3 Important Things To Look For With Any Investment Opportunity…

A while back, I told the story about how I almost bought a bad business… almost.

You see, when I’m not researching the market, I spend a good deal of my time looking for private business opportunities. And in this case, I was excited about the idea of buying it, as well as the prospect of building it up. Eventually, I’d hand it over to my two boys one day. But at the end of the day, I said “no”. And it was a good decision.

Sometimes the best decisions when it comes to business or investing come down to saying “no”. It sounds simple enough, but it’s tough to actually do – because all too often, we get emotionally invested in the idea of striking it rich.

There were a few things from my background in the market that helped me to eventually come to that tough decision. This includes a set of criteria I look for with each and every business and investment decision I make.

And today, I’d like to share that with you…

3 Things I Look For With Any Potential Investment

1. Look For Momentum

Just like I do when searching for stocks, when I’m investigating a private business, I want to see “momentum.”

Over at my Maximum Profit premium service, for example, it’s much easier to spot the momentum. It’s reflected right there in share price. I also look for this in cash flow, but we’ll spend some time on that in a second. When looking at private businesses, I’m mainly looking for momentum in topline sales, or “gross revenue.” I like to see that a company has continually grown sales over the years. It doesn’t have to be massive leaps in year-over-year growth, just a continued ascent.

After all, momentum is a very powerful force… once it gets going, it’s hard to stop.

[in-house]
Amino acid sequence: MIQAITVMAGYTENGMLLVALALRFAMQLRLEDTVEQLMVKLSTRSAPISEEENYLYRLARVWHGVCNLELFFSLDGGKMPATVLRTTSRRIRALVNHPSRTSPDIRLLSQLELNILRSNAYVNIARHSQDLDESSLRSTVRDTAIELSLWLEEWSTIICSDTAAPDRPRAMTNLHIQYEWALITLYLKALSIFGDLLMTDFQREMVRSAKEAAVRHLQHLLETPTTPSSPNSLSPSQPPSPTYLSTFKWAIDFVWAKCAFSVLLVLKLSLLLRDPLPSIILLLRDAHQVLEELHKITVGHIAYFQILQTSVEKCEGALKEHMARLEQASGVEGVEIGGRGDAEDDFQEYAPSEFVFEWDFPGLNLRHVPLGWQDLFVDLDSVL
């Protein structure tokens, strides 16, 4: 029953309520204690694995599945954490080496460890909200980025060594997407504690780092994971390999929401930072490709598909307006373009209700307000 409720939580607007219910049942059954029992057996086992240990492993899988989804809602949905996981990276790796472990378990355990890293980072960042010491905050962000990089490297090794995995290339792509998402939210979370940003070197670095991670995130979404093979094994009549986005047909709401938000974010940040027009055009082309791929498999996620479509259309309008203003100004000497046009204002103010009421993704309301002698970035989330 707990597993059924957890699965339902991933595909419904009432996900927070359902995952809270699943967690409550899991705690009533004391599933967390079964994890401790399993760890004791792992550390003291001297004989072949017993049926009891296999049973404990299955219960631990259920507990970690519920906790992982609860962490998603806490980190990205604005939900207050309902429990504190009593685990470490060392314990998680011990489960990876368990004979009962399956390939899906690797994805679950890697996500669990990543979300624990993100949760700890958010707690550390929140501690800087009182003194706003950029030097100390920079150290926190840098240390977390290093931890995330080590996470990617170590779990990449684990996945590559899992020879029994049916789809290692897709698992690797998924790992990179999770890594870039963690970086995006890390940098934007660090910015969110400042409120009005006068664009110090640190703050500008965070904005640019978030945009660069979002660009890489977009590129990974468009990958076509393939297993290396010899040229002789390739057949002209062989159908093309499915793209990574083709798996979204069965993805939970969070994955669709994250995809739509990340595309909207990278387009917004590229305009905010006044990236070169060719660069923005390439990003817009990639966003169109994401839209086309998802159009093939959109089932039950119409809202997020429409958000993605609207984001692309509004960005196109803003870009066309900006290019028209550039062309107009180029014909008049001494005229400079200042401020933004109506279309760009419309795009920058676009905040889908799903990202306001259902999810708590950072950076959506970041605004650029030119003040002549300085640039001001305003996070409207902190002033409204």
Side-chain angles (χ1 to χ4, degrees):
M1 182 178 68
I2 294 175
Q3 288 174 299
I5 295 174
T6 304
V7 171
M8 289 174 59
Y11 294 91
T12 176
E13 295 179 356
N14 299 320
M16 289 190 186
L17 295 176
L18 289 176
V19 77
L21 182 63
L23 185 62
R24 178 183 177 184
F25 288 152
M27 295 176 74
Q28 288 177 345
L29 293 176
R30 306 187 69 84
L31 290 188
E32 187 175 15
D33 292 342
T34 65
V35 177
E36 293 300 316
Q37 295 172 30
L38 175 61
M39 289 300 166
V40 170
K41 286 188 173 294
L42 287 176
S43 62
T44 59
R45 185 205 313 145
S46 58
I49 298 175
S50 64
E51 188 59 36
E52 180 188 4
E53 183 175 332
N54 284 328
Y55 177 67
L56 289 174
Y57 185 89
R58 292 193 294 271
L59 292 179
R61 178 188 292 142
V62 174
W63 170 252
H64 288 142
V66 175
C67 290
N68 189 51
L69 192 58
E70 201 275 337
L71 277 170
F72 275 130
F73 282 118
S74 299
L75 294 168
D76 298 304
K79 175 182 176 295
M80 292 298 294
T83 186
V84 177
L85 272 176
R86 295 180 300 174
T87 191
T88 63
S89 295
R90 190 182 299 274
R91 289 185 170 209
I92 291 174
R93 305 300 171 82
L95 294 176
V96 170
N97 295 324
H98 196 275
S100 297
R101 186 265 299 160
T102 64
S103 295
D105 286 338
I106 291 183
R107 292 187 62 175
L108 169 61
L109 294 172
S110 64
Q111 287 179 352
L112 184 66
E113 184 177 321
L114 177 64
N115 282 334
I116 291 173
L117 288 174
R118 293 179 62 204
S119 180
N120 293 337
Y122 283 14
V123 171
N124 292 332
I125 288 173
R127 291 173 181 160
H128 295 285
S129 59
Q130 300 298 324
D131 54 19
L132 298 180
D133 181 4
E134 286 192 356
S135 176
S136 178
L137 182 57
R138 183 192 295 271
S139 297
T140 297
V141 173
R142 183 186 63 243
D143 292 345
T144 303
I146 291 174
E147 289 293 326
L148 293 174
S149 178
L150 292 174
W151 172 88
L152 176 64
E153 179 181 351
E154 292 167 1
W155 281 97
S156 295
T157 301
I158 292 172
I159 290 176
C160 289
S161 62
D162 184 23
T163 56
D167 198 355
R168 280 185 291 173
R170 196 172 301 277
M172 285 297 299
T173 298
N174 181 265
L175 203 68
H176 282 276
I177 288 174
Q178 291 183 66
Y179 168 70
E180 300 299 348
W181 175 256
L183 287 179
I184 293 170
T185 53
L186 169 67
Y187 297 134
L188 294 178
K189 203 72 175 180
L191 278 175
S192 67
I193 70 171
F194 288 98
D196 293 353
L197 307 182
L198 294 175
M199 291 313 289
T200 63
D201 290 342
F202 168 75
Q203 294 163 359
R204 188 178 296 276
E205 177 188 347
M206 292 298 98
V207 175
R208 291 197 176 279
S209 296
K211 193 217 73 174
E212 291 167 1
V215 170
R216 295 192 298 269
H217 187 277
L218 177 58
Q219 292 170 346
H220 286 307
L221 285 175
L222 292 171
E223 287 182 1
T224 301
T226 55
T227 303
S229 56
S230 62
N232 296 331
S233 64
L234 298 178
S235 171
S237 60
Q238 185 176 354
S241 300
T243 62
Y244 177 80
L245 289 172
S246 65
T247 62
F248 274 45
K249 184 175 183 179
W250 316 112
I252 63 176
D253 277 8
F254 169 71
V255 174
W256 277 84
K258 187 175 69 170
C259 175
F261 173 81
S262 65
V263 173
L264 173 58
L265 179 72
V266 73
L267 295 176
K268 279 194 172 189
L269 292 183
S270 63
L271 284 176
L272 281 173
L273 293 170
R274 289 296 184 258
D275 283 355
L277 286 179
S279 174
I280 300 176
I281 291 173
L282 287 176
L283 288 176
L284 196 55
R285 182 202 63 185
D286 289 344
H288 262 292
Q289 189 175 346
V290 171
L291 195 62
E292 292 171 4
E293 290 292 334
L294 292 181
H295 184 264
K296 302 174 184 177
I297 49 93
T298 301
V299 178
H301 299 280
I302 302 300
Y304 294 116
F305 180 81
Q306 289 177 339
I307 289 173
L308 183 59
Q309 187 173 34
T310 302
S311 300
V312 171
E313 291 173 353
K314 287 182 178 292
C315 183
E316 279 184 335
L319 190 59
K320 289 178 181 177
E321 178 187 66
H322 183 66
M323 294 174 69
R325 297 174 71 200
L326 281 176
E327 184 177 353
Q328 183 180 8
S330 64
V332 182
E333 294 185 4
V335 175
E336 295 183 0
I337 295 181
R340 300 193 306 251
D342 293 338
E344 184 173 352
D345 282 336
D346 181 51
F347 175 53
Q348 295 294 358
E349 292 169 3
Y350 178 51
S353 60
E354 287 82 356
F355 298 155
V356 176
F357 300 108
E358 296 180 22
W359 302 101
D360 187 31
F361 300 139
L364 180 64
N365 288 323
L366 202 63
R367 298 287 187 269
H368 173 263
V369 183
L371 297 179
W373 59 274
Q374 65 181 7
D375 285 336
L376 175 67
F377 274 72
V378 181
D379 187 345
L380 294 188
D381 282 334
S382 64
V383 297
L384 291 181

When looking at private companies it’s easy to see dwindling sales and point out some areas where you think you could turn it around. And you very well could. But it takes a lot more effort and time to turn falling sales around than if you had just bought a business that already has momentum. Again, it can be done. But in my case, I don’t want to sink a lot of time and effort into a failing business. Can you blame me?

2. Look For An Exit Plan

Just like trading stocks… before, during, and even after the purchase of a business… I’m always thinking about an exit. If things go south, how quickly and for what price can I unload this business. What’s my risk? What’s my stop-loss?

Going into deals, I always look at my worst-case scenario. Granted, the worst case is I lose all my money. However, most of the time the businesses I’m looking for have some sort of hard asset, whether it’s real estate, equipment, or inventory, that I could sell to recoup at least some of my money.

While keeping my exit plan in mind, I also want to know how quickly I can get my money back. How long until my initial investment is returned to me. This will depend on the business and industry, so a little research is required to find that number (this will also help in determining the valuation).